Mayor Vincent C Gray and District Public Safety Officials Welcome Big Drop in Homicides
Mayor Vincent C. Gray, Deputy Mayor for Public Safety and Justice Paul Quander and Police Chief Cathy L. Lanier today announced a plan to improve the delivery of police services in the District of Columbia and highlighted crime-fighting successes from 2011 - including a significant decrease in murders compared to the same period last year.
As of today, there have been 108 murders in the District, putting the city on pace to have its lowest number of homicides in nearly half a century.
“While a single murder is one too many, this figure shows our city is on the right track,” Mayor Gray said. “The days when the District was known as the nation’s ‘Murder Capital’ are long behind us, and the plans we are announcing today will enable our police to continue this progress.”
In 2011, Chief Lanier launched an effort to realign patrol-service boundaries because of current and projected future imbalances in patrol-district workload.
“With increasing business and residential development and the thriving tourist and entertainment areas throughout the city, workload in the police districts has shifted significantly since the last boundary realignment was done in 2004,” said Chief Lanier. “The goal of the boundary realignment is to improve police service to the city.”
The city is divided into seven Police Districts, each of which is subdivided into five or more Police Service Areas (PSAs). The realignment plan, which will go into effect on January 1, is based on evaluation of crime, calls for service, development and road-construction plans, community concerns and other factors. The new boundaries will distribute crime and calls for service almost equally among the districts. While some police districts are changing more than others, all are undergoing some change. In addition, under the new boundaries, the largest PSAs will be reduced in size, with the total number of PSAs increasing from 46 to 56.
“All of this means more efficient police services for residents, as well as those who work here and visit our city,” said Mayor Gray. “I want to commend Chief Lanier and the men and women of the Metropolitan Police Department (MPD) for the progress they have made in combating crime.”
MPD has experienced continued success in driving down homicides. This year's homicide total will be the lowest since 1963, the last year the District had fewer than 100 homicides.
For the year 2011, with 108 homicides to date, the District has seen an 18 percent decline in homicides over last year’s total of 132. MPD’s homicide case-closure rate is currently 94 percent, which is well above the national average and an increase over the year before.
“Our positive results can be attributed to proactive patrol measures and a collaborative approach with partners in the community and the criminal-justice system,” said Chief Lanier. “A key to the success was convincing all partners that we could prevent the next homicide through immediate and coordinated action. The Department has also improved its use of technology, which helps detectives analyze data and solve crimes. We are continuing to close homicide cases quickly, which removes violent offenders from the streets and is essential in our efforts to focus on gang violence.”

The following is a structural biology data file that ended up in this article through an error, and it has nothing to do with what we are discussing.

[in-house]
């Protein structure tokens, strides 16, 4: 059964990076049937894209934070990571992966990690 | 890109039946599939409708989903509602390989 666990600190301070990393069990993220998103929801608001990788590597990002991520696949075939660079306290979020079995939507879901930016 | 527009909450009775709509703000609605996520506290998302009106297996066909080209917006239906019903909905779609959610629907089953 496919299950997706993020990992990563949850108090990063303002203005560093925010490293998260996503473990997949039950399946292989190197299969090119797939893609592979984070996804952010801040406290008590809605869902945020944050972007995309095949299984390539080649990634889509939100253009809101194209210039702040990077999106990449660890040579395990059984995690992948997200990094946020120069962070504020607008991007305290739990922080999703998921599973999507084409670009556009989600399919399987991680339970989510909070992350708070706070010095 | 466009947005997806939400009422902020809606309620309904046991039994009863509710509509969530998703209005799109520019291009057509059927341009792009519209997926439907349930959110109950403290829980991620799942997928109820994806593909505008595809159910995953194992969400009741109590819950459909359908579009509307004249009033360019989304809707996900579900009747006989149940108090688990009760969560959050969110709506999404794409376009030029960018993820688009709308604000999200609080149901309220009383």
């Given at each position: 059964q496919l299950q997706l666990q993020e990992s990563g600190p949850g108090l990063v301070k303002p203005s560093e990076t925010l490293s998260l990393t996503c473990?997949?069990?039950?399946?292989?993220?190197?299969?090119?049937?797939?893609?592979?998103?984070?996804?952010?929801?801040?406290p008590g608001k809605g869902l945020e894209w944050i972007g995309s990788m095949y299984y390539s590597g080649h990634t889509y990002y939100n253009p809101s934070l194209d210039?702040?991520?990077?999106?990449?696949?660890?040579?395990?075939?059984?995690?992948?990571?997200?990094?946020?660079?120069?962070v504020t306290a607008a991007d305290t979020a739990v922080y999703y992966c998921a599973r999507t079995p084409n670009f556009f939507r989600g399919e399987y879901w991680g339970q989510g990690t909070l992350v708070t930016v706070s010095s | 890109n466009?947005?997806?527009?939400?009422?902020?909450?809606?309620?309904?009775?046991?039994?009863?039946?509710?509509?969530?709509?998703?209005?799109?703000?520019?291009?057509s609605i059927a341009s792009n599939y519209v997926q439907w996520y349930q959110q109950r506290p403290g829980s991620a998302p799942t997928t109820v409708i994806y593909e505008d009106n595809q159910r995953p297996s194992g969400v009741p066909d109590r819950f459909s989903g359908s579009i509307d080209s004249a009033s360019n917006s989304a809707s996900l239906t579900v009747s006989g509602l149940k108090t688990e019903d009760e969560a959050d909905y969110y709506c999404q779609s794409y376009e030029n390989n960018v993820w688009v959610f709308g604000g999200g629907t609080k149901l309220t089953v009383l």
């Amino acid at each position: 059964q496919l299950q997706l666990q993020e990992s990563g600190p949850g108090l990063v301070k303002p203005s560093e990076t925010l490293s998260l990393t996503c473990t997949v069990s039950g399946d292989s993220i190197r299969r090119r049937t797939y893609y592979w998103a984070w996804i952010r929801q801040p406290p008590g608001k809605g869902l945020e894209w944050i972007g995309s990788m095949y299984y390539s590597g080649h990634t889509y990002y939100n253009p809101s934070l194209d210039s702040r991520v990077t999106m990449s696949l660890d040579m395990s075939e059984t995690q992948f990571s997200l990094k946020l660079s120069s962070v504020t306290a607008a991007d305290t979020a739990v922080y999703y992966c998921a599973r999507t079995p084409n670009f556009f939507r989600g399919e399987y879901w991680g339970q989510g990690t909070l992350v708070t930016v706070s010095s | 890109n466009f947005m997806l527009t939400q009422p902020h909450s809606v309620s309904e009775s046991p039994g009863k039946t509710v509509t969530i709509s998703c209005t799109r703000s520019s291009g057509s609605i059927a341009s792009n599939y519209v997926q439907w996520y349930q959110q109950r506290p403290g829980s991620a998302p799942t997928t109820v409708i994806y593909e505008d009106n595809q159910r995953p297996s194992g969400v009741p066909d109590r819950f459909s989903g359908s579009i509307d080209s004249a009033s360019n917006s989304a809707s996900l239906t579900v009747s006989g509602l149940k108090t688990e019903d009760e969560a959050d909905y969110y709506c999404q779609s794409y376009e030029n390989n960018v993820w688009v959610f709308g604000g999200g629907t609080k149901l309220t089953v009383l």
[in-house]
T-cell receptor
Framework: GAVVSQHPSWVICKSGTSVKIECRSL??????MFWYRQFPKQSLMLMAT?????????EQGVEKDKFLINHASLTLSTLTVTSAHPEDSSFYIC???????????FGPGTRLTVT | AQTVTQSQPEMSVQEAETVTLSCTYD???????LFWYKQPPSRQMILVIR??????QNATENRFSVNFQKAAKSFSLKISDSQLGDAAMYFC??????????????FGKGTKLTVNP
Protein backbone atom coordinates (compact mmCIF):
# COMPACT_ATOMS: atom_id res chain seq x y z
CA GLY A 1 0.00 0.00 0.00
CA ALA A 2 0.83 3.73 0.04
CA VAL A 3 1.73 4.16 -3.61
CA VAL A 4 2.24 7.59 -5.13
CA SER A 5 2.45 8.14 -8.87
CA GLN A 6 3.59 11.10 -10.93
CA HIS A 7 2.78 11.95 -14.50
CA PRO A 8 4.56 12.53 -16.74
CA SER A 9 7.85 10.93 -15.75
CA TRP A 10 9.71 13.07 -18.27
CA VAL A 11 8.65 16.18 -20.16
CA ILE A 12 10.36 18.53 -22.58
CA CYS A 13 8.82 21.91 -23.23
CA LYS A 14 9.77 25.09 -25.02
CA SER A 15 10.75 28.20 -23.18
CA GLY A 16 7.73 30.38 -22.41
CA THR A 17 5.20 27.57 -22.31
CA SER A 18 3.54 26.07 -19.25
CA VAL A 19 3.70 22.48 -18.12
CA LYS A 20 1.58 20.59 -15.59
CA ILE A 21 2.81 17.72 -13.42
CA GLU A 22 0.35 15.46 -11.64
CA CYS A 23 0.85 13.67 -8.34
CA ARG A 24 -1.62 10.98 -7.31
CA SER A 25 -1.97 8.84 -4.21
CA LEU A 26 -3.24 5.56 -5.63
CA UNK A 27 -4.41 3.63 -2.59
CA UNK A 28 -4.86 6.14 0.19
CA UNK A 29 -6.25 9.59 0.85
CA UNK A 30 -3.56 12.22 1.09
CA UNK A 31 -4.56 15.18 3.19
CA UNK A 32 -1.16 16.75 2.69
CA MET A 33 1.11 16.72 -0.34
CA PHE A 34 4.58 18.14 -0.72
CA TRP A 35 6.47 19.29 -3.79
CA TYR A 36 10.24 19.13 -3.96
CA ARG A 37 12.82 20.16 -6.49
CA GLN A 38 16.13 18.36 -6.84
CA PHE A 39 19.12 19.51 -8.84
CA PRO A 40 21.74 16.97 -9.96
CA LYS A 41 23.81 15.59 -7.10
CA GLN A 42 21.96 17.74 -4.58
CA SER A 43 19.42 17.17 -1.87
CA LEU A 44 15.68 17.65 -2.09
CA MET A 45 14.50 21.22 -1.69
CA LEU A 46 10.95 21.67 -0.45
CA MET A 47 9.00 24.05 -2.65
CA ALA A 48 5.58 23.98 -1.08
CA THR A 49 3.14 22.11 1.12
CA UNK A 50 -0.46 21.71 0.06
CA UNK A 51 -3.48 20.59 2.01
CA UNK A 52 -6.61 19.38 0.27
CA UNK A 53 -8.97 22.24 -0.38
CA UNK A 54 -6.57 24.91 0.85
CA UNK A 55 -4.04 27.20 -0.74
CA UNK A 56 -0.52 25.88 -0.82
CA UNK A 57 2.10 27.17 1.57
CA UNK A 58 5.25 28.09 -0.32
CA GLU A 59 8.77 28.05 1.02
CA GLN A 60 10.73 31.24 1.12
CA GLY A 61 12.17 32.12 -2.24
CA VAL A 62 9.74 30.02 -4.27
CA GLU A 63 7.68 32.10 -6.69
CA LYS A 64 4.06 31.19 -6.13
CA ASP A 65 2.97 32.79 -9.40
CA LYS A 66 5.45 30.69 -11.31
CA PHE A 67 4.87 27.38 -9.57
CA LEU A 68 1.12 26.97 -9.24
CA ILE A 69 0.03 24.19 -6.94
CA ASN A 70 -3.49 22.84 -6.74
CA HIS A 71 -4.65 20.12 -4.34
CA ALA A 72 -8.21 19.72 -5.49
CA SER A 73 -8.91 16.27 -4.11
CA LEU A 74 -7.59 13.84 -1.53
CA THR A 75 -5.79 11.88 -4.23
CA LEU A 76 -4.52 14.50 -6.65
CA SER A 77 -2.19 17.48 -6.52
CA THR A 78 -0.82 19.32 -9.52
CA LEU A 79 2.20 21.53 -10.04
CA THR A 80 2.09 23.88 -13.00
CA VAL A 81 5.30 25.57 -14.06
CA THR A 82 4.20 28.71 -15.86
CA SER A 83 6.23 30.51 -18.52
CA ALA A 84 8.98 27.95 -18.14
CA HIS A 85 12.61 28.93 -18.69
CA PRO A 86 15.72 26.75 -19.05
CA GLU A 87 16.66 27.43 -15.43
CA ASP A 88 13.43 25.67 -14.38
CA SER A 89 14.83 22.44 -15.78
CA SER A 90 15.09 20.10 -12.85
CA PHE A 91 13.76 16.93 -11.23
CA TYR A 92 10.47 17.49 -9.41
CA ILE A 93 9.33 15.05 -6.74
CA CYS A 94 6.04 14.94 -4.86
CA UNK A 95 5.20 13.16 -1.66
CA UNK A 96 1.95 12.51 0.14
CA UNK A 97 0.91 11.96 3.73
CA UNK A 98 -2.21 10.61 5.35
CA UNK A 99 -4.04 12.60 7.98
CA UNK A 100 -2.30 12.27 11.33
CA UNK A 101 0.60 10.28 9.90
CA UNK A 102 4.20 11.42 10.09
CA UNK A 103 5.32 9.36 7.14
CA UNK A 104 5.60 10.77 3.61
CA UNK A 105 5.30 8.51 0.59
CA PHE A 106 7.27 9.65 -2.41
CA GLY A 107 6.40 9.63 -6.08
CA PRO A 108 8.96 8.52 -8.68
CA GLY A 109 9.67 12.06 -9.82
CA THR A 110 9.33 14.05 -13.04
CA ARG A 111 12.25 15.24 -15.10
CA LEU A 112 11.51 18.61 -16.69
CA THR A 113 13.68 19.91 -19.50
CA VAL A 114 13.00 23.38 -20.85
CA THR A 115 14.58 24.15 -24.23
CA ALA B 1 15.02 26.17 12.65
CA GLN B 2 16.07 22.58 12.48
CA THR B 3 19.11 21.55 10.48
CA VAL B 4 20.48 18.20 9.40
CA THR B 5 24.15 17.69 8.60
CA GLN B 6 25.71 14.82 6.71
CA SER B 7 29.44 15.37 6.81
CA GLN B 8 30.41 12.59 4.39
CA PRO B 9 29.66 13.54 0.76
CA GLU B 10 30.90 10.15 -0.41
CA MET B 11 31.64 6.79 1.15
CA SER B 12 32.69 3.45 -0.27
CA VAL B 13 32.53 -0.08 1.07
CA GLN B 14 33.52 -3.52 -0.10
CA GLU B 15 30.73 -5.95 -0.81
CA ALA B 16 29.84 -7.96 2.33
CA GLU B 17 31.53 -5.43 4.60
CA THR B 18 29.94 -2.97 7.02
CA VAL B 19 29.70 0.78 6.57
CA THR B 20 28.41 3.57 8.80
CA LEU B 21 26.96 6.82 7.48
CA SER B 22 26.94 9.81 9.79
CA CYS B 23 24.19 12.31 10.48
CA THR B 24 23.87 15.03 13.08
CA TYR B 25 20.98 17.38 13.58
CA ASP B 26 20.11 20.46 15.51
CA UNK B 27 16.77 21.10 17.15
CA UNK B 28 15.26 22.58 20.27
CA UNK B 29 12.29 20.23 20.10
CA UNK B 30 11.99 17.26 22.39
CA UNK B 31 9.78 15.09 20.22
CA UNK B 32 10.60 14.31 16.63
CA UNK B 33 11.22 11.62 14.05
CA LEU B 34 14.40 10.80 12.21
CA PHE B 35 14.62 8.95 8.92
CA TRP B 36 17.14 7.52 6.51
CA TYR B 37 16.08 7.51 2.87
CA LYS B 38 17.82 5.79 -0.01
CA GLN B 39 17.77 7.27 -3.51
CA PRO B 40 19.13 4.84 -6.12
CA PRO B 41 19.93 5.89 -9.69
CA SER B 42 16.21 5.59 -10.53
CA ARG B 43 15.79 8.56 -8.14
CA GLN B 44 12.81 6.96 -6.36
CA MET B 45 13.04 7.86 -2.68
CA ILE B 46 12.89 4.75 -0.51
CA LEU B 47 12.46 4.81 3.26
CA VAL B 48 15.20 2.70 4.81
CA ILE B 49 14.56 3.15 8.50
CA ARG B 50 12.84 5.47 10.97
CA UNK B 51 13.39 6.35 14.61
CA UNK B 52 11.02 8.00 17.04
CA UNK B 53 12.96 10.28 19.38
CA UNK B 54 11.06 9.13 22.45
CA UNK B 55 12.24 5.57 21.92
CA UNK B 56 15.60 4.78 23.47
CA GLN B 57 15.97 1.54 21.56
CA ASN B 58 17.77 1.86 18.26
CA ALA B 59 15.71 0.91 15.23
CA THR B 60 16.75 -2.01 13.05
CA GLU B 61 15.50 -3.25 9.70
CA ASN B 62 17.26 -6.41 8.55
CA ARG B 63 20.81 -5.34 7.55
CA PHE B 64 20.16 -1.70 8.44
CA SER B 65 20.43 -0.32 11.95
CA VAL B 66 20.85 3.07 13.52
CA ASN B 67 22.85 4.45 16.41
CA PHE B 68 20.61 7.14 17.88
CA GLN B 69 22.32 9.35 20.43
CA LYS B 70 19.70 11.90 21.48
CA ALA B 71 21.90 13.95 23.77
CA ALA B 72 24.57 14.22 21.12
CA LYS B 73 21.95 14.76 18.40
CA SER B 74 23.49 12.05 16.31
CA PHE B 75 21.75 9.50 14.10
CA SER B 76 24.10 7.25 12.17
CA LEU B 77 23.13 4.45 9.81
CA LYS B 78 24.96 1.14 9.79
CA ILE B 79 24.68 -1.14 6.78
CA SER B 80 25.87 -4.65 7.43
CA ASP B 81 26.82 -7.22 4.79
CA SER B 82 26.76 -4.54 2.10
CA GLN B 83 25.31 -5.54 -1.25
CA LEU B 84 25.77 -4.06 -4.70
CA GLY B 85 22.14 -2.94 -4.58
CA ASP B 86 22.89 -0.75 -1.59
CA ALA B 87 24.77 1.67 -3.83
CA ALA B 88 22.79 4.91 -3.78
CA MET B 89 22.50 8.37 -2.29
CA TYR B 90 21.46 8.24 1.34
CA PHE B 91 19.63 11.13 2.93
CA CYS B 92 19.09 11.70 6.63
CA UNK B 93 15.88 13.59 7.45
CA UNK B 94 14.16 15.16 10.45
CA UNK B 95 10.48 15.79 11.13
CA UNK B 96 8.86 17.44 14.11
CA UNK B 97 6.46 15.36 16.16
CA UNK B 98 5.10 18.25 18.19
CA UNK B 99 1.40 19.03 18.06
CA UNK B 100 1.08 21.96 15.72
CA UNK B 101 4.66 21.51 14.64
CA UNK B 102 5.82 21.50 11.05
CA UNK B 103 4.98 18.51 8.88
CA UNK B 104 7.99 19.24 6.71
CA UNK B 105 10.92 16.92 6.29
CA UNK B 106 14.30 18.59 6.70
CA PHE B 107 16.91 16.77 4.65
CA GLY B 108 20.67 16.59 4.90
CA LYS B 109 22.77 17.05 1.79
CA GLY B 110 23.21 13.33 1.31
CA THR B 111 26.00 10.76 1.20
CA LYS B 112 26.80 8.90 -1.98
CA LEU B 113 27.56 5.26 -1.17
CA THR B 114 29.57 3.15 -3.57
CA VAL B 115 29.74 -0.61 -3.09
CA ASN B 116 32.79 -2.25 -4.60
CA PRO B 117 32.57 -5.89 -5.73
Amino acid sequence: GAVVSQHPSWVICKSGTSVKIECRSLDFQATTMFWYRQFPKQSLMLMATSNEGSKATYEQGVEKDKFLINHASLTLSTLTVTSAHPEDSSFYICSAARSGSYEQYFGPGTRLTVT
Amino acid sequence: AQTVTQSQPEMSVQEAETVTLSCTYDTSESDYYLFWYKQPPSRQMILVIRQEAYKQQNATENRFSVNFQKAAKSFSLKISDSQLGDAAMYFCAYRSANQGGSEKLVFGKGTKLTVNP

Chief Lanier also highlighted the dramatic reductions in homicides in the portion of the city east of the Anacostia River, which has long had the dubious distinction of leading the District in homicides. Before 2005, there were consistently more than 100 homicides annually in the police districts east of the Anacostia. So far this year, homicides east of the river have been reduced by half.
“There are still too many old wounds in families and communities that have survived homicides,” Chief Lanier said, “but dramatically reducing the number of new homicides – together with solving past homicides – helps families and communities to heal. This reduction certainly supports the resurgence of many of our neighborhoods east of the river.”
MPD also had successes this year in removing drugs and guns from the city’s streets.
A joint operation between MPD and federal partners led to the arrests of 70 suspects for the possession and distribution of firearms and narcotics with a street value of more than $7.1 million. The operation - which involved MPD and federal partners at the Bureau of Alcohol, Tobacco, Firearms and Explosives; the FBI; the Immigration and Customs Enforcement Agency; the Drug Enforcement Administration; and the U.S. Attorney’s Office – was initiated to disrupt and dismantle illegal firearms trafficking, drug trafficking and fencing operations within the District of Columbia.
“This year we celebrated the 150th Anniversary of the MPD, and we continue to look for creative ways to fight crime in our city,” said Chief Lanier. “We are looking forward to great things in the New Year.”